Wednesday, August 28, 2013

Police raids strike at people-smuggling rings - The Australian

AUSTRALIAN Federal Police have arrested five alleged people-smugglers - four of whom arrived in Australia on boats - in a series of raids across the country this morning.

AFP Assistant Commission Steve Lancaster said the operation had dealt a major blow to people-smuggling into Australia, and it was likely that more arrests would follow.

Three Afghan nationals, one Pakistani and an Iranian were arrested in raids in Victoria, NSW, Western Australia and South Australia.

They are alleged to have been major players in people-smuggling syndicates involved in organising 132 boat voyages.

Assistant Commissioner Lancaster said people-smugglers not picked up in the "first scoop" today should be aware they might still be arrested.

"It does not mean you should sleep well tonight," he said.

Mr Lancaster thanked and praised The Australian for cooperating with police carrying out the investigations by delaying until today publication of information the newspaper held.

He said the newspaper story published today did not threaten police investigations.

The search warrants executed today as part of Operation Delphinium followed a 12-month investigation targeting domestic players in people-smuggling syndicates.

The Australian reported this morning the five targeted for arrest were among at least 20 suspected people-smugglers in the AFP's sights.

If charged and convicted, they face jail terms of up to 10 years.

The operation is the culmination of a number of AFP investigations and has been one of the force's highest priorities, involving more than 100 officers and about 200 interviews in asylum-seeker communities across the country.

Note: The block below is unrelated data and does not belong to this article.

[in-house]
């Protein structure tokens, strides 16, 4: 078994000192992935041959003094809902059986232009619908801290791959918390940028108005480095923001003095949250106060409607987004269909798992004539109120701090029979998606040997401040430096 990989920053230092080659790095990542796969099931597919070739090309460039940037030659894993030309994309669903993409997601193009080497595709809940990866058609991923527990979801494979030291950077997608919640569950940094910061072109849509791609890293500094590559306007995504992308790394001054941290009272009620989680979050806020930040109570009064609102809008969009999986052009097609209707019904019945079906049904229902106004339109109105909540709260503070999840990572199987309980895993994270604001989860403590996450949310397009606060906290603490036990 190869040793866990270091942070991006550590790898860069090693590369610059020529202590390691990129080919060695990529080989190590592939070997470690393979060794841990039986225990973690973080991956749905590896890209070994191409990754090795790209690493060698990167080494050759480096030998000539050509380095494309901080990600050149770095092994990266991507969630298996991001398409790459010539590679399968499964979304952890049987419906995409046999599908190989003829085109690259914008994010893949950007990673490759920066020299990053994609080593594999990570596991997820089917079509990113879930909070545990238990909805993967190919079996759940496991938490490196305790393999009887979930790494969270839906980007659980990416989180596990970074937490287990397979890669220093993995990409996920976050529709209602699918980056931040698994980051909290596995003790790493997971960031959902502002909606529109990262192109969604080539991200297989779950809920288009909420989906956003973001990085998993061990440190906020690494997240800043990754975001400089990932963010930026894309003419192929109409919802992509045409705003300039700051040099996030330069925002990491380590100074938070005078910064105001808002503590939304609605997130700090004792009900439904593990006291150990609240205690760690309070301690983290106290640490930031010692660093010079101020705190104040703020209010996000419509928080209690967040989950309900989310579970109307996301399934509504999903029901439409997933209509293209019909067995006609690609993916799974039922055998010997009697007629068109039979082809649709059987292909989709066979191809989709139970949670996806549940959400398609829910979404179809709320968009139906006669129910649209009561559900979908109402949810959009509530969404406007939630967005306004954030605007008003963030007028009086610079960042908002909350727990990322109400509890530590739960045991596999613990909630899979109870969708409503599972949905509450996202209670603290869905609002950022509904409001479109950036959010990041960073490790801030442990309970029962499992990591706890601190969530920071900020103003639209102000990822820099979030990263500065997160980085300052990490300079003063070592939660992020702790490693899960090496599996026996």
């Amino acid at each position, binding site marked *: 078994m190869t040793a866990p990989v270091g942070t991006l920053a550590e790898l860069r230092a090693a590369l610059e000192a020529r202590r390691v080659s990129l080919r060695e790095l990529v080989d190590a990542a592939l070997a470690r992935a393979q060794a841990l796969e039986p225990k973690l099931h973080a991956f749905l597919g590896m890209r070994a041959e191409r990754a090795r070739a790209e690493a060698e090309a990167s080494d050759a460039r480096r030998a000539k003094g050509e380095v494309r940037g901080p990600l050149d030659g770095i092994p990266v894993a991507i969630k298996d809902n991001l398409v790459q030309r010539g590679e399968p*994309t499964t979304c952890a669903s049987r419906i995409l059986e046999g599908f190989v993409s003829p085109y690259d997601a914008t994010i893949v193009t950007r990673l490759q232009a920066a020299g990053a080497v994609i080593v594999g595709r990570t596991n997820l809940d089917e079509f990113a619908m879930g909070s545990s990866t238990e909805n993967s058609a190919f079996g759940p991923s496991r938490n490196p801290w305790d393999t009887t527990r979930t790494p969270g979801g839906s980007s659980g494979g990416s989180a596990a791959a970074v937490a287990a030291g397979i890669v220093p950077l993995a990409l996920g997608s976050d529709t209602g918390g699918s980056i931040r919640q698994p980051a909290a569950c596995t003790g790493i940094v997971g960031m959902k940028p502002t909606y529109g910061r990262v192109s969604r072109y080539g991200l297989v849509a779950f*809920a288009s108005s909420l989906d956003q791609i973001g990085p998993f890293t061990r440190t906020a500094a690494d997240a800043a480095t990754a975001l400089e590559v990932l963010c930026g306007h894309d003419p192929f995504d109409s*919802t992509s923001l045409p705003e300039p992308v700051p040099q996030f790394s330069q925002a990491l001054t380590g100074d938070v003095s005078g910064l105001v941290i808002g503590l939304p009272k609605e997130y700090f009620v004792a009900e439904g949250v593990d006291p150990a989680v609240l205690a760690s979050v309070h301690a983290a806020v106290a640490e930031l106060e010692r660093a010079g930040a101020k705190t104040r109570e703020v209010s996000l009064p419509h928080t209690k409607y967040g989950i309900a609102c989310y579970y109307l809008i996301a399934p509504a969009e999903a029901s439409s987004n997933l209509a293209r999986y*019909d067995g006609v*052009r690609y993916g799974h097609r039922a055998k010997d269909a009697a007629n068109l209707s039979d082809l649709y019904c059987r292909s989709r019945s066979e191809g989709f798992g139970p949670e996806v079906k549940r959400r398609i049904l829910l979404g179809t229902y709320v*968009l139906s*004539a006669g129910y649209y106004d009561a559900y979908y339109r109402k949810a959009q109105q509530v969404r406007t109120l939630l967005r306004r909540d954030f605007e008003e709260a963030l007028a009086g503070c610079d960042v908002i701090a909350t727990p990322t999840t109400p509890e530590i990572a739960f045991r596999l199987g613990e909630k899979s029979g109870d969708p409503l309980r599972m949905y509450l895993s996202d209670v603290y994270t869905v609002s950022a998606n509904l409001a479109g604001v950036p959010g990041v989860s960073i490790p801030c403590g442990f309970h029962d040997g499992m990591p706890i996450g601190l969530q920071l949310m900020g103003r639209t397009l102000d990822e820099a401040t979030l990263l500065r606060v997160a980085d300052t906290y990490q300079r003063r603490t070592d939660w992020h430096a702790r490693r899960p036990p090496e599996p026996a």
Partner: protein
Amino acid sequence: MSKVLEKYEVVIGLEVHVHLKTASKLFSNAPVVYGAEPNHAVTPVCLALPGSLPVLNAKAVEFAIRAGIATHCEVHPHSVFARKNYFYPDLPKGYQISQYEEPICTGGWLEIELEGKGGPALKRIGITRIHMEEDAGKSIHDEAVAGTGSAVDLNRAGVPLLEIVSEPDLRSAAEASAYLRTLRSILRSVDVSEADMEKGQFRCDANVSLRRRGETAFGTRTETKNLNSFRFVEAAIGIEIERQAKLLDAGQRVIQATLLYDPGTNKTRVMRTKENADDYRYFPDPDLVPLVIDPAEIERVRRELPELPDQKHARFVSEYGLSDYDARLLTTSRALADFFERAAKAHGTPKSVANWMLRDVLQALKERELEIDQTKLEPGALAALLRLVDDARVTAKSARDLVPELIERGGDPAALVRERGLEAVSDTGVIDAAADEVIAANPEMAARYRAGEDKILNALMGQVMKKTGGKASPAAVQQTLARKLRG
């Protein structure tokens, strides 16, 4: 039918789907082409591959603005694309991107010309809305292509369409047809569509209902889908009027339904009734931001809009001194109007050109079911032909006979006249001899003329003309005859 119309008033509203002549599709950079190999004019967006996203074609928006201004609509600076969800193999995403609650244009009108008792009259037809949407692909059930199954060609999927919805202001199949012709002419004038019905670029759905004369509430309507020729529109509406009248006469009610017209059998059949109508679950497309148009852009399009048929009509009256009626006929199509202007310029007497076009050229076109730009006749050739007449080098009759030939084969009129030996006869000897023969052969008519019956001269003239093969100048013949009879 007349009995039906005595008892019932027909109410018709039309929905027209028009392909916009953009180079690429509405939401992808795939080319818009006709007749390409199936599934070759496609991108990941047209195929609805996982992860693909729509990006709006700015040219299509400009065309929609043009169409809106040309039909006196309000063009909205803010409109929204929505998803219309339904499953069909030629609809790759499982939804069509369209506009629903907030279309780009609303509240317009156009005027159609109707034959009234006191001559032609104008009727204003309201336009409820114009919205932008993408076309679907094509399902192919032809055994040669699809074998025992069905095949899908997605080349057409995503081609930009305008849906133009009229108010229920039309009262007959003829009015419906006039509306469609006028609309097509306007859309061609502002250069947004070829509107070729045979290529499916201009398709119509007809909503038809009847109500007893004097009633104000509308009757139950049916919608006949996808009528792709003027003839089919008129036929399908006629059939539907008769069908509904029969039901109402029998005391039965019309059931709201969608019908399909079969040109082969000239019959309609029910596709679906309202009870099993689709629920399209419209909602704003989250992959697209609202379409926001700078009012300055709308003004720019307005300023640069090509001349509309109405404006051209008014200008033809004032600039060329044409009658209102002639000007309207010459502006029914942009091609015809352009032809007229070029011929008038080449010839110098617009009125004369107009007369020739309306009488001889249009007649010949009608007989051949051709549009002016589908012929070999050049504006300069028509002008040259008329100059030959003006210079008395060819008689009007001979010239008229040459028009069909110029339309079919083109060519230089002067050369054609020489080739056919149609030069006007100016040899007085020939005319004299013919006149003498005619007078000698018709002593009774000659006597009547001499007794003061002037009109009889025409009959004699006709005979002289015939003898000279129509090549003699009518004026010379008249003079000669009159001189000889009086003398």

Four of the five men arrested arrived in Australia by boat after allegedly being actively involved in people-smuggling in source and transit countries including Indonesia, Iran and Malaysia.

Police will allege their activities took place while in Indonesia, although there are suspicions some of the men may have continued their people-smuggling activities after their arrival in Australia.

It is understood police will allege the men were actively involved in several aspects of the smuggling trade while overseas. Their activities are thought to have included transporting asylum-seekers to drop-off points, collecting and transferring money, and recruiting customers.

They are understood to have charged between $4000 and $10,000 for a ticket to Australia, with some asylum-seekers being told they could expect "private cabins" for their voyage.

About one third are understood to have supplied formal statements, which will provide the bedrock for the people smuggling charges the AFP is expected to lay.

The men are expected to be charged with people-smuggling offences under the Migration Act, with a potential penalty of up to 10 years in jail.

In addition to formal statements, investigators are understood to have obtained a trove of intelligence from asylum-seekers, providing insight into how smuggling syndicates operate. The Australian understands this intelligence will assist other people-smuggling investigations. It is believed there are more than 20 other active investigations into people-smugglers underway.

One of the most striking changes in the smuggling trade has been the breakdown of the traditional syndicate structure.

Instead of operating as a discrete cell, smugglers have more recently become more opportunistic, working with other syndicates, trading passengers and working with a variety of contacts to organise boats to Australia.

Additional reporting: Cameron Stewart, Paul Maley


 


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